All statistical analyses and data visualization were performed in RStudio (version 2021.09.1.372) (http://www.rstudio.com/) within the R statistical environment (version 4.1.2) (https://www.R-project.org) using the packages dplyr (version 1.0.7), ggplot2 (version 3.3.5), ggrepel (version 0.9.1), factoextra (version 1.0.7), reshape2 (version 1.4.4), pheatmap (version 1.0.12), Gviz (version 1.38.0), GenomicFeatures (version 1.46.1), BSgenome (version 1.62.0), TxDb.Hsapiens.UCSC.hg19.knownGene (version 3.2.2), and stats (version 4.1.2). All continuous variables with non-normal distribution were presented as median with interquartile range (IQR) for the indicated number of biological replicates, and categorical variables were presented as frequency with proportion. Continuous data were assessed for normality using Shapiro–Walk test (shapiro.test R function) before statistical tests of significance were run. Differences in median age and immunostaining score of EYA4 among multiple groups (did not pass normality test; [Figure 1]e and [Figure 3]b) were assessed using the Kruskal–Wallis test, followed by Dunnett's post hoc test for multiple comparisons between groups (R package FSA, version 0.9.1). We used Pearson's Chi-square test (chisq.test R function) to compare the detection rates of gastric cardiac IM in each group (stratified by median age [≤50 vs. >50 years] and sex [female vs. male]. For the methylation rate of candidate CpG sites in normal and IM tissues, a Mann–Whitney U non-parametric test (wilcox.test R function) was used [Figure 2]b. For hierarchical cluster analysis of DNA methylation, z-scaled values were used to calculate Euclidean distance that was applied for clustering using Ward's method [Supplementary Figure S1b]. The statistical tests used in each experiment are described in their respective figure legends. The exact sample size (”n”) in each group, where applicable, was provided in the figures or figure legends. Two-tailed P values < 0.05 were considered statistically significant. Adobe Illustrator CC2015 (Adobe Systems, San Jose, CA) is used to organize figures. The micrographs (such as those in [Figure 3]a) are a magnification of a representative area shown adjacent to them.
|Figure 2: Quantitative pyrosequencing analysis reveals DNA methylation of candidate CpG sites in the EYA4 promoter region. (a) schematic diagram showing the genomic location of a 34-bp region (Chr: 133562244-133562277) within EYA4 promoter (indicated by a red vertical bar) and a close-up view of the examined CpG sites (red dashed rectangle) (b) a total of 10 fresh-frozen gastric cardiac tissues (n = 5 for normal and IM tissues, respectively) were used for quantification of DNA methylation levels of five candidate CpG sites (cg11518846, cg20980055, cg20286200, cg05062333, and cg01162672) by pyrosequencing. Box plot showing the median methylation level in normal and IM tissues. Each data dot denotes the average methylation of five candidate CpG sites mentioned above. Indicated P value was calculated by the Mann–Whitney U non-parametric test (c and d) representative pyrograms showing the methylation level of cg01162672, cg05062333, cg20286200, cg20980055, and cg11518846 in normal (c) and IM tissues (d). The percentage of DNA methylation at each CpG site is indicated by shaded areas, and the quality of the result is shown in blue (good quality) or yellow (pass quality). On the x-axis, the nucleotides injected by the pyrosequencer are shown, “E” represents the moment when the enzyme was added to the reaction followed by the substrate “S” that is documented by a small spike. The pyrosequencer added a “T” that is not present in the sequence, thus, no spike was observed. The actual sequence to analyze starts with a “C,” followed by the methylated cytosine here marked with “R.” On the y-axis, luminescence detected by the LCD camera is shown. Source data (b) are provided in [Supplementary Table S3]|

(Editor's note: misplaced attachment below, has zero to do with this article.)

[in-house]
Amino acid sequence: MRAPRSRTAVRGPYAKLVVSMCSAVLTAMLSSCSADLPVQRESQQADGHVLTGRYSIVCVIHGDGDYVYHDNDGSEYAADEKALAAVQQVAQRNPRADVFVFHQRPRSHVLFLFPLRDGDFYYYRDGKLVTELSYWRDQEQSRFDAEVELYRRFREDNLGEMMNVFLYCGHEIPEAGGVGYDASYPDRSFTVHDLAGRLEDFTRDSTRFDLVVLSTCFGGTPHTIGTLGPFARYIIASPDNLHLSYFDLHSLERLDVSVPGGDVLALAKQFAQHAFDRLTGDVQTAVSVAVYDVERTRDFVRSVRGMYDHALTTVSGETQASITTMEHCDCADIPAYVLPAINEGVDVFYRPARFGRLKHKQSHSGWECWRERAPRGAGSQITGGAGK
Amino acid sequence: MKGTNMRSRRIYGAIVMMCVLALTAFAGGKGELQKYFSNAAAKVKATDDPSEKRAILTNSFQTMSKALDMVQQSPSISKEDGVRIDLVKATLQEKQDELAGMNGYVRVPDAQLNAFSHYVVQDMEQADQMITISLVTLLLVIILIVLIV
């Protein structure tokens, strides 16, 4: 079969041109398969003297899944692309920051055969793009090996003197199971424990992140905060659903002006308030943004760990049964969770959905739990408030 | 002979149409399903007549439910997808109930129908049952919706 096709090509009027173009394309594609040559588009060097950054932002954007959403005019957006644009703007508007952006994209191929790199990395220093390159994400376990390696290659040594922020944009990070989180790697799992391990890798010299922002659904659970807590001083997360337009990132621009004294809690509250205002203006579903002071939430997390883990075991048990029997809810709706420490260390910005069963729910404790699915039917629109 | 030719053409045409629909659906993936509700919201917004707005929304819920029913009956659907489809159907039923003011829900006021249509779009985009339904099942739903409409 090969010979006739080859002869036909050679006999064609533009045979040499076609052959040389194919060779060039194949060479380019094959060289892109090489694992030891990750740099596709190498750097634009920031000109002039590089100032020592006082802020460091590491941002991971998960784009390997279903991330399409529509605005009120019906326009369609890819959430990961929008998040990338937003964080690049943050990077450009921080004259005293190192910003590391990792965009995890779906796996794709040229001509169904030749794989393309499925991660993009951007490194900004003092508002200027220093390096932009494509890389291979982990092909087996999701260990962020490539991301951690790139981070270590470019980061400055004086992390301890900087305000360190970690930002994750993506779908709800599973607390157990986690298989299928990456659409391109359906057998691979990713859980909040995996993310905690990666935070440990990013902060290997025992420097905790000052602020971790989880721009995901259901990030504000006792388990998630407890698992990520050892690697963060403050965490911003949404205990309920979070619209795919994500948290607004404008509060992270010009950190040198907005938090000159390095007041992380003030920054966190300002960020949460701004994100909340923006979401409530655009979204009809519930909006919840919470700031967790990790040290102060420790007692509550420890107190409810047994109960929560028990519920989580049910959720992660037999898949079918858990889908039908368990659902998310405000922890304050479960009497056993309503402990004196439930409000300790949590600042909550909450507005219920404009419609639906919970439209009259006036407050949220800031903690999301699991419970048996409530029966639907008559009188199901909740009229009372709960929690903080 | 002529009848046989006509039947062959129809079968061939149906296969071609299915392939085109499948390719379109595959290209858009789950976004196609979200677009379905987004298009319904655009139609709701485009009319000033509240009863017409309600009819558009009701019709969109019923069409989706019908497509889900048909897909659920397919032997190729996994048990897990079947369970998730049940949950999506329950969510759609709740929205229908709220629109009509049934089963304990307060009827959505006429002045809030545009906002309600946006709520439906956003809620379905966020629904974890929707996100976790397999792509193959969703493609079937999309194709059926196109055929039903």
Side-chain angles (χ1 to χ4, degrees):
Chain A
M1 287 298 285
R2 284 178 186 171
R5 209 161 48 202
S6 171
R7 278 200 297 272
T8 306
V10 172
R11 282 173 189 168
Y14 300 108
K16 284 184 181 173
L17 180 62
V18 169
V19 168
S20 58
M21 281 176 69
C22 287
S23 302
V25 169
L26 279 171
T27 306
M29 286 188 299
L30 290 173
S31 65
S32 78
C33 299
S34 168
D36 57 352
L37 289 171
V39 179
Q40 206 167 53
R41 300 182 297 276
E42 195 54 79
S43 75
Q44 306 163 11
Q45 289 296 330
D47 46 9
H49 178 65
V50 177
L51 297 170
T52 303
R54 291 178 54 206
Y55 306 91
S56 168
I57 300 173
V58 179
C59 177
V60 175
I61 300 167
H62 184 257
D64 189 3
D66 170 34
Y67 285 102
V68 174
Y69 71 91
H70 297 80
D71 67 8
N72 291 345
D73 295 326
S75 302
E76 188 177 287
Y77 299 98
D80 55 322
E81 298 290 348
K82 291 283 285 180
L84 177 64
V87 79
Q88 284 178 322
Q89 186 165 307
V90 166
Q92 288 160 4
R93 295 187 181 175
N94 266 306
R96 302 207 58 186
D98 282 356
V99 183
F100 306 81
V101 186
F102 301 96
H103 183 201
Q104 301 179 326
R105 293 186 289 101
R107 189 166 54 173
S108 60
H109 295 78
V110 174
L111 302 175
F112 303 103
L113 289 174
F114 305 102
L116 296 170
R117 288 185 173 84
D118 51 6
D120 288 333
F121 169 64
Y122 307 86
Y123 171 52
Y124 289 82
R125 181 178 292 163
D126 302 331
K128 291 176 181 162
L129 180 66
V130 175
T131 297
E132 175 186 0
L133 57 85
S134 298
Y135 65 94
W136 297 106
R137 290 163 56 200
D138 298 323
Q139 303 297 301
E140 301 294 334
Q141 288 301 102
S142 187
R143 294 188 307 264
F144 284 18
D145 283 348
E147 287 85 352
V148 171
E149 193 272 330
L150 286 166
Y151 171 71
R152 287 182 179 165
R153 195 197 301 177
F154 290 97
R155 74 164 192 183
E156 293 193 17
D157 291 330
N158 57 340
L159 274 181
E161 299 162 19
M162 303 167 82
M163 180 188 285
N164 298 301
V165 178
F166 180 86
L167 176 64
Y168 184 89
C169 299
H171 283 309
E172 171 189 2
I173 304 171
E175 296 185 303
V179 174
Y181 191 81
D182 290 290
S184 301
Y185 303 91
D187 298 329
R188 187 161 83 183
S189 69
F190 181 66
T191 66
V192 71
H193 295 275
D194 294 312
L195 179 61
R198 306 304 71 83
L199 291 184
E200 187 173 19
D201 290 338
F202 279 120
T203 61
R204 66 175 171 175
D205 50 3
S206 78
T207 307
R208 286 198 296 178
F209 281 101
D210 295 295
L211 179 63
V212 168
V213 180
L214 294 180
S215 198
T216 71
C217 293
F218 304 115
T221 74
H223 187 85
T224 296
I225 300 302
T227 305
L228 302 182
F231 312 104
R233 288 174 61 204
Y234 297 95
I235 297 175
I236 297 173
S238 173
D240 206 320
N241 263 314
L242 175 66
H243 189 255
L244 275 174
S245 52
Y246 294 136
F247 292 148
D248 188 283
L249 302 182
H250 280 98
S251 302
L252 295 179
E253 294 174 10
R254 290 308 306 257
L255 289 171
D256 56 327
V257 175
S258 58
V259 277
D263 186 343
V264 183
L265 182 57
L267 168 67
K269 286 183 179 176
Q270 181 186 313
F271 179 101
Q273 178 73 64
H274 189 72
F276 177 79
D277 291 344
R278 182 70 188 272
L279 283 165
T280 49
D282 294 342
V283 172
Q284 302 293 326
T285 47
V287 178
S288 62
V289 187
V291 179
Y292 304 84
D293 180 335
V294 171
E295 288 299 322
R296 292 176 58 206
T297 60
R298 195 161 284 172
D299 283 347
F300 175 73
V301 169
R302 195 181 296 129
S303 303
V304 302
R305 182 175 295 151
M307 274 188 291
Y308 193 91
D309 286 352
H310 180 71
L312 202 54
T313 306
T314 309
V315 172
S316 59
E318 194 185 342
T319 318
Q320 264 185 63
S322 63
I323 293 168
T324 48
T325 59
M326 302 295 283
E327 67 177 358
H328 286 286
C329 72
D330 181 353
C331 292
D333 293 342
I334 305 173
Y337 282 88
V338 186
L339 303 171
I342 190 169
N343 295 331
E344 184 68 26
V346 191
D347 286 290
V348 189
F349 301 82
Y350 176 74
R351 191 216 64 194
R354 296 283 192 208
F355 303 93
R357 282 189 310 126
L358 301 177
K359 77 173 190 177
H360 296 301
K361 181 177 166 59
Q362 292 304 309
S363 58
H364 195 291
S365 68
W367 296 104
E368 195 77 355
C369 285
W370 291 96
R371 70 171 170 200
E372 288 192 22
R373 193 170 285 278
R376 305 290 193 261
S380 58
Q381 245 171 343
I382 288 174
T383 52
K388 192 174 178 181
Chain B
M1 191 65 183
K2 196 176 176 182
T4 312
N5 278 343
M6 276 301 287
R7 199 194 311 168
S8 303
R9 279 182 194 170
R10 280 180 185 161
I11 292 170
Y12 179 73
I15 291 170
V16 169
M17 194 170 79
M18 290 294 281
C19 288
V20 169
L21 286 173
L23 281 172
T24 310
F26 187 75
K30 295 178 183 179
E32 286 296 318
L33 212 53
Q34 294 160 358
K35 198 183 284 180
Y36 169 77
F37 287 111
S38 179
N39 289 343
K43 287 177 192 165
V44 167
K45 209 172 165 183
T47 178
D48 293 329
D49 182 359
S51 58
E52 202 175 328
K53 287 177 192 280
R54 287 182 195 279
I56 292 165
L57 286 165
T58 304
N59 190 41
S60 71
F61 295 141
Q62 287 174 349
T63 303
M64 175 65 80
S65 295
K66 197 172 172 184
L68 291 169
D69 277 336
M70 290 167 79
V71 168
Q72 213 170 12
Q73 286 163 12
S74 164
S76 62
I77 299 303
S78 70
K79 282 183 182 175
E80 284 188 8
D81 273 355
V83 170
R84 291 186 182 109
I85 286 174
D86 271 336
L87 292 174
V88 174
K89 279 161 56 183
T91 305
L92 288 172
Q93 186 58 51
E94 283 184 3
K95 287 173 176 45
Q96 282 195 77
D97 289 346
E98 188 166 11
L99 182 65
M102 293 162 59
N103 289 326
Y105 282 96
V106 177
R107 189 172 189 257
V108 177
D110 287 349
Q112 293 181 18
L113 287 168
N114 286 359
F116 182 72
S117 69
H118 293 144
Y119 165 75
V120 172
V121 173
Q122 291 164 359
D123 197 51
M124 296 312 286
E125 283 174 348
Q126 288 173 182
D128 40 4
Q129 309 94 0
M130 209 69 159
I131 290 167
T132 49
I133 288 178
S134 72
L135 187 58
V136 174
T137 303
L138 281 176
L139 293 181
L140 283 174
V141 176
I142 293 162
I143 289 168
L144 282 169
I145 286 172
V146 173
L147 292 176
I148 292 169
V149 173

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|Figure 3: EYA4 protein expression in normal and IM tissues. (a) representative images of immunohistochemical staining for EYA4 in normal gastric cardiac tissues and IM tissues. As shown in the upper panel, normal gastric cardiac epithelial cells demonstrate strong nuclear immunostaining for EYA4. The middle panel of immunostaining section of IM tissue highlighting areas of intestinal metaplastic glands (outlined by red dashed line) and normal glands (outlined by blue dashed line). The intestinal metaplastic cells show weak to absent immunostaining compared with normal glandular cells. Prominent loss of EYA4 expression in low-grade intraepithelial neoplasia (IEN) tissue in the context of IM is shown in the lower panel. Scale bars, 50 μm (b) quantitative comparison of immunohistochemical staining for EYA4 in normal (n = 38), IM (n = 47), and IM with IEN (n = 3) tissues. Gray dots represent the immunostaining score for EYA4 in each sample. Statistical significance was analyzed by the Kruskal–Wallis test, followed by Dunnett's post hoc test for multiple comparisons between groups. The upper and lower limits of the box represent 25th and 75th quartile immunostaining score distribution with whiskers extending to 1.5 times the range from top/bottom of the box, the center line within the box corresponds to the median value of the immunostaining score in each group, outliers are not shown. Source data (b) are provided in [Supplementary Table S4]|
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| Results|| |
Higher detection rate of gastric cardiac IM in elder and male participants